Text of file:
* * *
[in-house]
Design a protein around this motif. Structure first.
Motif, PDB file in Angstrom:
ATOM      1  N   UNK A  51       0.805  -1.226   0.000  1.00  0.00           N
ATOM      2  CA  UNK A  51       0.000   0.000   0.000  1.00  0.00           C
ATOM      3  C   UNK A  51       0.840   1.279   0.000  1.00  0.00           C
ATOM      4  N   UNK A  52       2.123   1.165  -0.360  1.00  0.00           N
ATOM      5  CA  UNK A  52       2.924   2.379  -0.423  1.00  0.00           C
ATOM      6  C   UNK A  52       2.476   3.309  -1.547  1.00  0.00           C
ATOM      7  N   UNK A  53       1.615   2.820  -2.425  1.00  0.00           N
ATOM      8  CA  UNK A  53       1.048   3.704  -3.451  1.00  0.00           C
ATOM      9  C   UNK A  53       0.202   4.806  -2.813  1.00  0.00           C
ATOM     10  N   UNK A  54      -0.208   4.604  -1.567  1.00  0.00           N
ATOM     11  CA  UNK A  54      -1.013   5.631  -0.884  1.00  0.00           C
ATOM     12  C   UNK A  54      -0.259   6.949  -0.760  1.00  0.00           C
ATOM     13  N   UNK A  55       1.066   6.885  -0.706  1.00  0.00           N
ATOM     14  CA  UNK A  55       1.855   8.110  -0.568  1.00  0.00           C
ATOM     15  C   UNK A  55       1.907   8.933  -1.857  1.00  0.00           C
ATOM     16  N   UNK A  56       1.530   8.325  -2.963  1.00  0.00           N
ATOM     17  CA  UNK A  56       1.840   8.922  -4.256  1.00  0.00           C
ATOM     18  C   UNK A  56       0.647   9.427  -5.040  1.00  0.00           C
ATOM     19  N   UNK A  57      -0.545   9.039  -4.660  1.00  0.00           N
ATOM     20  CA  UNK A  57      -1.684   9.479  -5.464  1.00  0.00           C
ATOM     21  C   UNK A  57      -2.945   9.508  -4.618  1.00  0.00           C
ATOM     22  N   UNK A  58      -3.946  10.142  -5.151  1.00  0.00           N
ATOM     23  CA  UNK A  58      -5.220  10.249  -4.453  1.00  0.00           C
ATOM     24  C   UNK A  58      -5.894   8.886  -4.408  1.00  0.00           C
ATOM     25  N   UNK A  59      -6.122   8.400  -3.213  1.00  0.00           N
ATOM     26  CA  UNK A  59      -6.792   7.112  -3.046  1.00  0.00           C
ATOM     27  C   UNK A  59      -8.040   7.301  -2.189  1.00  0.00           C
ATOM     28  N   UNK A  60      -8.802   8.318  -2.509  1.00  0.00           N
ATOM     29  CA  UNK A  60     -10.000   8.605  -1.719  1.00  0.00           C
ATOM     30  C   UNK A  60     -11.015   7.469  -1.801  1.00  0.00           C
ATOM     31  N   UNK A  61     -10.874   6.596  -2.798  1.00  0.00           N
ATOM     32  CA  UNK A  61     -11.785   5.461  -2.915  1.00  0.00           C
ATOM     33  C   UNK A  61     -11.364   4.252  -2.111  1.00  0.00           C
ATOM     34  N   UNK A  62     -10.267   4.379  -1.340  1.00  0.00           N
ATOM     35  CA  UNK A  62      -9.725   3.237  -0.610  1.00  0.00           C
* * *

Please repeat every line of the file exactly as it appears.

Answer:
[in-house]
Design a protein around this motif. Structure first.
Motif, PDB file in Angstrom:
ATOM      1  N   UNK A  51       0.805  -1.226   0.000  1.00  0.00           N
ATOM      2  CA  UNK A  51       0.000   0.000   0.000  1.00  0.00           C
ATOM      3  C   UNK A  51       0.840   1.279   0.000  1.00  0.00           C
ATOM      4  N   UNK A  52       2.123   1.165  -0.360  1.00  0.00           N
ATOM      5  CA  UNK A  52       2.924   2.379  -0.423  1.00  0.00           C
ATOM      6  C   UNK A  52       2.476   3.309  -1.547  1.00  0.00           C
ATOM      7  N   UNK A  53       1.615   2.820  -2.425  1.00  0.00           N
ATOM      8  CA  UNK A  53       1.048   3.704  -3.451  1.00  0.00           C
ATOM      9  C   UNK A  53       0.202   4.806  -2.813  1.00  0.00           C
ATOM     10  N   UNK A  54      -0.208   4.604  -1.567  1.00  0.00           N
ATOM     11  CA  UNK A  54      -1.013   5.631  -0.884  1.00  0.00           C
ATOM     12  C   UNK A  54      -0.259   6.949  -0.760  1.00  0.00           C
ATOM     13  N   UNK A  55       1.066   6.885  -0.706  1.00  0.00           N
ATOM     14  CA  UNK A  55       1.855   8.110  -0.568  1.00  0.00           C
ATOM     15  C   UNK A  55       1.907   8.933  -1.857  1.00  0.00           C
ATOM     16  N   UNK A  56       1.530   8.325  -2.963  1.00  0.00           N
ATOM     17  CA  UNK A  56       1.840   8.922  -4.256  1.00  0.00           C
ATOM     18  C   UNK A  56       0.647   9.427  -5.040  1.00  0.00           C
ATOM     19  N   UNK A  57      -0.545   9.039  -4.660  1.00  0.00           N
ATOM     20  CA  UNK A  57      -1.684   9.479  -5.464  1.00  0.00           C
ATOM     21  C   UNK A  57      -2.945   9.508  -4.618  1.00  0.00           C
ATOM     22  N   UNK A  58      -3.946  10.142  -5.151  1.00  0.00           N
ATOM     23  CA  UNK A  58      -5.220  10.249  -4.453  1.00  0.00           C
ATOM     24  C   UNK A  58      -5.894   8.886  -4.408  1.00  0.00           C
ATOM     25  N   UNK A  59      -6.122   8.400  -3.213  1.00  0.00           N
ATOM     26  CA  UNK A  59      -6.792   7.112  -3.046  1.00  0.00           C
ATOM     27  C   UNK A  59      -8.040   7.301  -2.189  1.00  0.00           C
ATOM     28  N   UNK A  60      -8.802   8.318  -2.509  1.00  0.00           N
ATOM     29  CA  UNK A  60     -10.000   8.605  -1.719  1.00  0.00           C
ATOM     30  C   UNK A  60     -11.015   7.469  -1.801  1.00  0.00           C
ATOM     31  N   UNK A  61     -10.874   6.596  -2.798  1.00  0.00           N
ATOM     32  CA  UNK A  61     -11.785   5.461  -2.915  1.00  0.00           C
ATOM     33  C   UNK A  61     -11.364   4.252  -2.111  1.00  0.00           C
ATOM     34  N   UNK A  62     -10.267   4.379  -1.340  1.00  0.00           N
ATOM     35  CA  UNK A  62      -9.725   3.237  -0.610  1.00  0.00           C